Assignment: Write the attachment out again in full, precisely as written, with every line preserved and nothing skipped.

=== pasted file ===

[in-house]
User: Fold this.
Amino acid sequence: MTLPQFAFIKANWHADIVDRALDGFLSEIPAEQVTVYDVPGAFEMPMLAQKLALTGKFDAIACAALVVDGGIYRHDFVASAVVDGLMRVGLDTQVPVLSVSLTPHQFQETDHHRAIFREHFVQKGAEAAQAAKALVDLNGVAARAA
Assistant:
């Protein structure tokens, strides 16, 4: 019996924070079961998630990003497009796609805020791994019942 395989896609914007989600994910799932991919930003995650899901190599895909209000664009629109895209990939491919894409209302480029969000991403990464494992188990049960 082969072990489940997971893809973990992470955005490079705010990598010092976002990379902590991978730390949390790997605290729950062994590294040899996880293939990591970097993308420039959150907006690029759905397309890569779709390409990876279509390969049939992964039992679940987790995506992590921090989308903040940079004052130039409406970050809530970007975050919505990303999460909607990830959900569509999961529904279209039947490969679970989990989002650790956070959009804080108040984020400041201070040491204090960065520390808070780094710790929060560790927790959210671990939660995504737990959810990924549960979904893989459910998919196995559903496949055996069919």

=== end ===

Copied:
[in-house]
User: Fold this.
Amino acid sequence: MTLPQFAFIKANWHADIVDRALDGFLSEIPAEQVTVYDVPGAFEMPMLAQKLALTGKFDAIACAALVVDGGIYRHDFVASAVVDGLMRVGLDTQVPVLSVSLTPHQFQETDHHRAIFREHFVQKGAEAAQAAKALVDLNGVAARAA
Assistant:
């Protein structure tokens, strides 16, 4: 019996924070079961998630990003497009796609805020791994019942 395989896609914007989600994910799932991919930003995650899901190599895909209000664009629109895209990939491919894409209302480029969000991403990464494992188990049960 082969072990489940997971893809973990992470955005490079705010990598010092976002990379902590991978730390949390790997605290729950062994590294040899996880293939990591970097993308420039959150907006690029759905397309890569779709390409990876279509390969049939992964039992679940987790995506992590921090989308903040940079004052130039409406970050809530970007975050919505990303999460909607990830959900569509999961529904279209039947490969679970989990989002650790956070959009804080108040984020400041201070040491204090960065520390808070780094710790929060560790927790959210671990939660995504737990959810990924549960979904893989459910998919196995559903496949055996069919």